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bean plant

Winged bean

The Winged bean (Psophocarpus tetragonolobus), also known as the Goa bean (kacang botol in Malaysia), is a tropical legume plant native to Papua New Guinea. It grows abundantly in hot, humid equatorial countries, from the Philippines and Indonesia to India, Burma, Thailand and Sri Lanka. It does well in humid tropics with high rainfall.

The winged bean plant grows as a vine with climbing stems and leaves, 3-4 m in height. It is an herbaceous perennial, but can be grown as an annual. It is generally taller and notably larger than the Common bean. The bean pod is typically 15-22 cm (6-9 in) long and has four wings with frilly edges running lengthwise. The skin is waxy and the flesh partially translucent in the young pods. When the pod is fully ripe, it turns an ash-brown color and splits open to release the seeds. The large flower is a pale blue. The beans themselves are similar to soybeans in both use and nutritional content (being 29.8% to 39% protein).

The plant is one of the best nitrogen fixers with nodulation accomplished by the soil bacterium Rhizobium. Because of its ability to fix nitrogen from the atmosphere, the plant requires very little or no fertilizers.

Being a tropical plant, it is sensitive to frost. It will not flower if day length is more than 12 hours. The seeds have a hard coat and it helps to presoak the seeds before planting to hasten germination. The plant grows very quickly, reaching a length of four meters in a few weeks.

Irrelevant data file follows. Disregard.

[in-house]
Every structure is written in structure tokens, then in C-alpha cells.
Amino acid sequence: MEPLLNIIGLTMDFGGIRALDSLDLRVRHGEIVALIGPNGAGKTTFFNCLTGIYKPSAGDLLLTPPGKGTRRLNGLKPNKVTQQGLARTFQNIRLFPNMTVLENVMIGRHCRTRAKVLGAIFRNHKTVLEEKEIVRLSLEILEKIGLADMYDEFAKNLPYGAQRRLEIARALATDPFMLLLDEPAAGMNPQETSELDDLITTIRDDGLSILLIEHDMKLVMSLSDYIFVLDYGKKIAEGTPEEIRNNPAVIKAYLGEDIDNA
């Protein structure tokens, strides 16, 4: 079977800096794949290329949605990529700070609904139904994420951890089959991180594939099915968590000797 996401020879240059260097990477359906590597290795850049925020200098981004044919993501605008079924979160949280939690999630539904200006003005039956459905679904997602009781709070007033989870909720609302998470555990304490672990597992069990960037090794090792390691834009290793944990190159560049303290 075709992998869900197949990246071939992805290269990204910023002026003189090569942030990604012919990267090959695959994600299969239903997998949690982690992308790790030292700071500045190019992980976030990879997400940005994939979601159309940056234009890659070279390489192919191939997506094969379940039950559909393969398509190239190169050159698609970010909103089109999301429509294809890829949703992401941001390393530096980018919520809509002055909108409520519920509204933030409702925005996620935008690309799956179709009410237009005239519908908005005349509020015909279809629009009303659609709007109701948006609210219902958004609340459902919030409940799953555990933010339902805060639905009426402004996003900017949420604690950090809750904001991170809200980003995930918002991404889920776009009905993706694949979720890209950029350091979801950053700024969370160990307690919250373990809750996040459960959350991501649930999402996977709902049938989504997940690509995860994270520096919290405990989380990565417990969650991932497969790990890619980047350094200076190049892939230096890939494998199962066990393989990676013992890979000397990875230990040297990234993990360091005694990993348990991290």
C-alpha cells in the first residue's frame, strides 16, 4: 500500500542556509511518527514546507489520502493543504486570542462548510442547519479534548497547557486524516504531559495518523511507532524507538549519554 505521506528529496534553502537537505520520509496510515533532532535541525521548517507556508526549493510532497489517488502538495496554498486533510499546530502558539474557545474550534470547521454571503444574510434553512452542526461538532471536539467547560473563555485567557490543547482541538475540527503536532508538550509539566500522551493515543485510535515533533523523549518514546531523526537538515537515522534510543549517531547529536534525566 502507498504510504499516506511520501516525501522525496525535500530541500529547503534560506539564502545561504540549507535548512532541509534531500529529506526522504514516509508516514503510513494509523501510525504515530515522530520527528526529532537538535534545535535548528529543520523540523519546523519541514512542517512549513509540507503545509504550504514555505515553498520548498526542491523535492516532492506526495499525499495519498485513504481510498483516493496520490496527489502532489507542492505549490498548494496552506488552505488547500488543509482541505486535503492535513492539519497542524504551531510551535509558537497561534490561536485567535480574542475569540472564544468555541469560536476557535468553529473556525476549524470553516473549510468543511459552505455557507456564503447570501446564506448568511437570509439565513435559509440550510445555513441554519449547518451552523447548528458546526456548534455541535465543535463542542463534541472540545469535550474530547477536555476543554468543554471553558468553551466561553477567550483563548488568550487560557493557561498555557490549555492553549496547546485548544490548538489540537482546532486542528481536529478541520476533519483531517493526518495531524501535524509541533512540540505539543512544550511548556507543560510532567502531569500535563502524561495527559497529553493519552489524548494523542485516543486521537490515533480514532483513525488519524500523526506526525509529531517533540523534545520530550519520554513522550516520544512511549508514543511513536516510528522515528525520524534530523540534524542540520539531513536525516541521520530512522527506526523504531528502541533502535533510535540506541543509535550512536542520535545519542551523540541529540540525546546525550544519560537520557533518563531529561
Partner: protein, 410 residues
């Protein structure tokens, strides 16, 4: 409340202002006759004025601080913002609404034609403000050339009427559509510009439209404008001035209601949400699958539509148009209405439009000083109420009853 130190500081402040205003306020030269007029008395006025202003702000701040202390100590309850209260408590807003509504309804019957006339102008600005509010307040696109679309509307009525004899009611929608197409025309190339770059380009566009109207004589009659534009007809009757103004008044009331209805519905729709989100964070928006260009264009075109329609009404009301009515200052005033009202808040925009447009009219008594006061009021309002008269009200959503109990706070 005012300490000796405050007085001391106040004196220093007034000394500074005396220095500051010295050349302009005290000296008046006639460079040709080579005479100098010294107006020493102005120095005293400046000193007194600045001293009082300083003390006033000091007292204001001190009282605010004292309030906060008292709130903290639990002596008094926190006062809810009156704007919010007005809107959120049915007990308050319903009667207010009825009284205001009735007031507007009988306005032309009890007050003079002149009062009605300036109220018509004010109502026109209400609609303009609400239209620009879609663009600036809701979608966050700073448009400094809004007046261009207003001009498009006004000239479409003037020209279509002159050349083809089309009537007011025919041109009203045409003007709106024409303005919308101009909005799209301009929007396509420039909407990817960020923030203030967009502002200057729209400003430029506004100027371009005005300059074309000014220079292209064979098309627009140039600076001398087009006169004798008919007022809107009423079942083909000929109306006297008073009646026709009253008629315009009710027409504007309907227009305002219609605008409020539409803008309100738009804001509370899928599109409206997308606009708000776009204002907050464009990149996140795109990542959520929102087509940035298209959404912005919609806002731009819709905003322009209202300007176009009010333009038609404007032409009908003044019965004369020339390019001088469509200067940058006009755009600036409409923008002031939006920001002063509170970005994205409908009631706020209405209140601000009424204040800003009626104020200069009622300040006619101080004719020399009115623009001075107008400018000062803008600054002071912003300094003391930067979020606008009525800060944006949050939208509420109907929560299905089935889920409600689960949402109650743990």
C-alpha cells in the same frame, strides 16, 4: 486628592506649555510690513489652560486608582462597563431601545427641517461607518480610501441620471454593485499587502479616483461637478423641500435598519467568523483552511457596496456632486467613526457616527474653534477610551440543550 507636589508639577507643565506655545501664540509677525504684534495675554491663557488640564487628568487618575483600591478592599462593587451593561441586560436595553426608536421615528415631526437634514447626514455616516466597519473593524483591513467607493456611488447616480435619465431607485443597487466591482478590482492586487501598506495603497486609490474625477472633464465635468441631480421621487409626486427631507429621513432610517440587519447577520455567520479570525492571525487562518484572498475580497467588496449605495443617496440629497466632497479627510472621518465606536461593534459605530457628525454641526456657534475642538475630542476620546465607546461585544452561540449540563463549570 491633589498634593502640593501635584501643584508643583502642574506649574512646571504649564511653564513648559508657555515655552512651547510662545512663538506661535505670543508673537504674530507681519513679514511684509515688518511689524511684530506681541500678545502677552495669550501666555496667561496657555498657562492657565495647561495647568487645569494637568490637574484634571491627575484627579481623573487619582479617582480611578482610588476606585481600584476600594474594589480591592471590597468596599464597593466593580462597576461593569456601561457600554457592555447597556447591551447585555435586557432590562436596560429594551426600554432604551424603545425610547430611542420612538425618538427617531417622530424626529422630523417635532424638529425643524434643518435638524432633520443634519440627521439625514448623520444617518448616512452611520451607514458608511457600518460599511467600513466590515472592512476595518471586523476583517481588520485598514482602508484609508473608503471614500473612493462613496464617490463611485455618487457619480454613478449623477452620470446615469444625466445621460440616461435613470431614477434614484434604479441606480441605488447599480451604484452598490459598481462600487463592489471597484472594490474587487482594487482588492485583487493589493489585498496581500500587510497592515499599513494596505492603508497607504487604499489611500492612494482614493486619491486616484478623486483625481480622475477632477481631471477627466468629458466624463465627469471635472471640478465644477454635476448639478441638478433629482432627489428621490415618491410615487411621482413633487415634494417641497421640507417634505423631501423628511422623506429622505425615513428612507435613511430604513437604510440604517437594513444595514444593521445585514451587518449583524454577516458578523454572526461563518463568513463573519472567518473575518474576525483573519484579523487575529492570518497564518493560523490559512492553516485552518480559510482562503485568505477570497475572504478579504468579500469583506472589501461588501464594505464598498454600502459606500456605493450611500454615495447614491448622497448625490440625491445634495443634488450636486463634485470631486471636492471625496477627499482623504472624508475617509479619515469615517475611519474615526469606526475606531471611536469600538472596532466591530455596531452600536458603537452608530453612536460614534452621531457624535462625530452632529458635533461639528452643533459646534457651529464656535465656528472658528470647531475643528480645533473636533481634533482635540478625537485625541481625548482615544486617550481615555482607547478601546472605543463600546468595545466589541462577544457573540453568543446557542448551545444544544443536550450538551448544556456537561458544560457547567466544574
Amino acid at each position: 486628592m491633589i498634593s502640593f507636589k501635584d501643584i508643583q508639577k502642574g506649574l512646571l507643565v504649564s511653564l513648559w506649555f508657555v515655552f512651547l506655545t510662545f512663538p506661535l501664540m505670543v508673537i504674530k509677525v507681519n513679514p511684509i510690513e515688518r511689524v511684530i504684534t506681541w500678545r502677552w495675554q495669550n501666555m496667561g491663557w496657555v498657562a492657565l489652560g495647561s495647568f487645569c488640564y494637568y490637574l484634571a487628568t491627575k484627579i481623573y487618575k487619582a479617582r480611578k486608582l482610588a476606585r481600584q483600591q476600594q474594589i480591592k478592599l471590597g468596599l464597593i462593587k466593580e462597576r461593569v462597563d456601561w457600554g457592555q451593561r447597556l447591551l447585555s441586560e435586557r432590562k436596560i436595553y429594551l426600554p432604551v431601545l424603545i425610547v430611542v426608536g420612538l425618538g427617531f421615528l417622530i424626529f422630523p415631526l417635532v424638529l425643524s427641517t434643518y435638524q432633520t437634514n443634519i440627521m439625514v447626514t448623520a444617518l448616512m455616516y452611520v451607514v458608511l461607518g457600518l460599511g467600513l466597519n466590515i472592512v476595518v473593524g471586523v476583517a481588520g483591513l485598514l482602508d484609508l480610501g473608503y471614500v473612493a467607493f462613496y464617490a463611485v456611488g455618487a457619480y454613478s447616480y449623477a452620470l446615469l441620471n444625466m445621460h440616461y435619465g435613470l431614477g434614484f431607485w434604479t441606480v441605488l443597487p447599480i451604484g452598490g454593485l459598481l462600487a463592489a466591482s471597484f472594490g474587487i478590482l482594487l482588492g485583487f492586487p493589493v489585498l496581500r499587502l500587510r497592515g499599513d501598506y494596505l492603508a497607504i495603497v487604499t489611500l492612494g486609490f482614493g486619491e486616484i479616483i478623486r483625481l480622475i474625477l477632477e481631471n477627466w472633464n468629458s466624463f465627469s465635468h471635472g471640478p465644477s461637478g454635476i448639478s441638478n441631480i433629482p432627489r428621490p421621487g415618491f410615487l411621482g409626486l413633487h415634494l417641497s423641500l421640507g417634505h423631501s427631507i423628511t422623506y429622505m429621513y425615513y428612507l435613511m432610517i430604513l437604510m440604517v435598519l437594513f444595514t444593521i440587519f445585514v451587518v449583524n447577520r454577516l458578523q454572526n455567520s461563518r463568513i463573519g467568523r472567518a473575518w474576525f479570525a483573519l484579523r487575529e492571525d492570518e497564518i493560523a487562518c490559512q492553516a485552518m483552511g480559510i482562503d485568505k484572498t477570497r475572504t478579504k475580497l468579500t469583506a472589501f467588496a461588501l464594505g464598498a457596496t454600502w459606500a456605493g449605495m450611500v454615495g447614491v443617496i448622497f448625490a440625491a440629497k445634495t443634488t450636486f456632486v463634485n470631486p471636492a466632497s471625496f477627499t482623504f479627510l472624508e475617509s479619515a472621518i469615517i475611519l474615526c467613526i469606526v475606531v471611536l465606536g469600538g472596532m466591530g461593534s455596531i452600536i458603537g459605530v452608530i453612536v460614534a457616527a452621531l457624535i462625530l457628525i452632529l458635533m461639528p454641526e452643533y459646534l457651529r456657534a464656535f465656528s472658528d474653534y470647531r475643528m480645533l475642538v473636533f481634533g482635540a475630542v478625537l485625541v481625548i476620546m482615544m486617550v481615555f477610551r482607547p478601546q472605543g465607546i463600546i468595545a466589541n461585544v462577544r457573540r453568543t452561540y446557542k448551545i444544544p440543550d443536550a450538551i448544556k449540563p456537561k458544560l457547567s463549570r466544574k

Uses

This bean has been called the "one species supermarket" because practically all of the plant is edible. The beans are used as a vegetable, but the other parts (leaves, flowers, and tuberous roots) are also edible. The tender pods, which are the most widely eaten part of the plant, can be harvested within two to three months of planting. The flowers are often used to color rice and pastries. The flavor of the beans has a similarity to asparagus. The young leaves can be picked and prepared as a leaf vegetable, similar to spinach. The roots can be used as a root vegetable, similar to the potato, and have a nutty flavor; they are also much more rich in protein than potatoes. The dried seeds can be useful as a flour and also to make a coffee-like drink. Each of these parts of the winged bean provide a source of vitamin A, vitamin C, calcium, iron, and other vitamins.

It is possible that, with a little selective breeding, the winged bean could raise the standard of living for millions of people in poor, tropical countries.

The Goa bean needs at least 12 hours light not less.==Synonyms==

References

  • Venketeswaran, S., M.A.D.L. Dias, and U.V. Weyers. The winged bean: A potential protein crop. p. 445. In: J. Janick and J.E. Simon (eds.), Advances in new crops. Timber Press, Portland, OR (1990).
  • Entry for the Winged Bean in the "Leaf for Life" website
  • Verdcourt, B. and Halliday, P. A revision of Psophocarpus (Leguminosae-Papilionoideae-Phaseoleae). Kew Bulletin, 1978; 33: 191-227.
  • Kadam, S.S., Lawande, K.M., Naikare, S.M. and Salunkhe, D.K. Nutritional aspects of winged bean (Psophocarpus tetragonolobus L.DC). Legume Research, 1981; 4(1): 33-42.
  • Smartt, J. Gene pools in grain legumes. Economic Botany, 1984; 38(1): 24-35.
  • Hettiarachchy, N.S. and Sri Kantha, S. Nutritive value of winged bean, Psophocarpus tetragonolobus. Nutrisyon (Philippines), 1982; 7: 40-51.
  • Sri Kantha, S. and Erdman, J.W.Jr. Winged bean as an oil and protein source; a review. Journal of American Oil Chemists Society, 1984; 61: 215-225.
  • Sri Kantha, S. and Erdman, J.W.Jr. Is winged bean really a flop? Ecology of Food and Nutrition, 1986; 18: 339-341.
  • Dr. James A. Duke's letter:

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